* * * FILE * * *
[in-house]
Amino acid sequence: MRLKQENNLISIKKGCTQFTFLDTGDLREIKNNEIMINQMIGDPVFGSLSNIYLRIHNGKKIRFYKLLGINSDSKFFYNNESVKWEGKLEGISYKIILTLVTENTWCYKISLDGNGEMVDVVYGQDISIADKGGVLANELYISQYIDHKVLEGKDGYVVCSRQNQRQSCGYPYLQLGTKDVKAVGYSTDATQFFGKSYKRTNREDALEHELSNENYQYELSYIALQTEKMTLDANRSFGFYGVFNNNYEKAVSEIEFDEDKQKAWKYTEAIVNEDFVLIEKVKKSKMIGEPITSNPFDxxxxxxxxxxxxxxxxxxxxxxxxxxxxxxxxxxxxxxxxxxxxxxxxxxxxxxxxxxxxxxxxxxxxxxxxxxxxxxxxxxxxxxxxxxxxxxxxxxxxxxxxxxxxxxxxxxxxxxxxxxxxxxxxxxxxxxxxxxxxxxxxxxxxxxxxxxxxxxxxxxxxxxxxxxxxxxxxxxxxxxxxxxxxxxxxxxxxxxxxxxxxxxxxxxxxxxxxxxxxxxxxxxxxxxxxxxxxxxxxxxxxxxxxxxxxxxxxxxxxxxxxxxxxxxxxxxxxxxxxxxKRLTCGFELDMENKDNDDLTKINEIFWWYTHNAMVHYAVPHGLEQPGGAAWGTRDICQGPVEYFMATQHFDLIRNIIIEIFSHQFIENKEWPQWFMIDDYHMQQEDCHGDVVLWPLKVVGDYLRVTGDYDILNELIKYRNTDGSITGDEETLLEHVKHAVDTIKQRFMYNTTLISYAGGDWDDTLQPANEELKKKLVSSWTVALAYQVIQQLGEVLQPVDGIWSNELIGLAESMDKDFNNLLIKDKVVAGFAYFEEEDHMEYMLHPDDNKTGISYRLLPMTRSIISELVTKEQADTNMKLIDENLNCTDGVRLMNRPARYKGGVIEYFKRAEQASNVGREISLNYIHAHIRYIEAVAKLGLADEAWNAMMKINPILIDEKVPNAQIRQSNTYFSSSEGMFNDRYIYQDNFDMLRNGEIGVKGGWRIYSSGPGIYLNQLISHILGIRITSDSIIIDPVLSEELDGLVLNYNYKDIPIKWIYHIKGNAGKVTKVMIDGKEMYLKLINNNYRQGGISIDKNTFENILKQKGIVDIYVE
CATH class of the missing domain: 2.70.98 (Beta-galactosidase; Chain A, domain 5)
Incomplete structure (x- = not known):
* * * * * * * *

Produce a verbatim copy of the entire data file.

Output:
[in-house]
Amino acid sequence: MRLKQENNLISIKKGCTQFTFLDTGDLREIKNNEIMINQMIGDPVFGSLSNIYLRIHNGKKIRFYKLLGINSDSKFFYNNESVKWEGKLEGISYKIILTLVTENTWCYKISLDGNGEMVDVVYGQDISIADKGGVLANELYISQYIDHKVLEGKDGYVVCSRQNQRQSCGYPYLQLGTKDVKAVGYSTDATQFFGKSYKRTNREDALEHELSNENYQYELSYIALQTEKMTLDANRSFGFYGVFNNNYEKAVSEIEFDEDKQKAWKYTEAIVNEDFVLIEKVKKSKMIGEPITSNPFDxxxxxxxxxxxxxxxxxxxxxxxxxxxxxxxxxxxxxxxxxxxxxxxxxxxxxxxxxxxxxxxxxxxxxxxxxxxxxxxxxxxxxxxxxxxxxxxxxxxxxxxxxxxxxxxxxxxxxxxxxxxxxxxxxxxxxxxxxxxxxxxxxxxxxxxxxxxxxxxxxxxxxxxxxxxxxxxxxxxxxxxxxxxxxxxxxxxxxxxxxxxxxxxxxxxxxxxxxxxxxxxxxxxxxxxxxxxxxxxxxxxxxxxxxxxxxxxxxxxxxxxxxxxxxxxxxxxxxxxxxxKRLTCGFELDMENKDNDDLTKINEIFWWYTHNAMVHYAVPHGLEQPGGAAWGTRDICQGPVEYFMATQHFDLIRNIIIEIFSHQFIENKEWPQWFMIDDYHMQQEDCHGDVVLWPLKVVGDYLRVTGDYDILNELIKYRNTDGSITGDEETLLEHVKHAVDTIKQRFMYNTTLISYAGGDWDDTLQPANEELKKKLVSSWTVALAYQVIQQLGEVLQPVDGIWSNELIGLAESMDKDFNNLLIKDKVVAGFAYFEEEDHMEYMLHPDDNKTGISYRLLPMTRSIISELVTKEQADTNMKLIDENLNCTDGVRLMNRPARYKGGVIEYFKRAEQASNVGREISLNYIHAHIRYIEAVAKLGLADEAWNAMMKINPILIDEKVPNAQIRQSNTYFSSSEGMFNDRYIYQDNFDMLRNGEIGVKGGWRIYSSGPGIYLNQLISHILGIRITSDSIIIDPVLSEELDGLVLNYNYKDIPIKWIYHIKGNAGKVTKVMIDGKEMYLKLINNNYRQGGISIDKNTFENILKQKGIVDIYVE
CATH class of the missing domain: 2.70.98 (Beta-galactosidase; Chain A, domain 5)
Incomplete structure (x- = not known):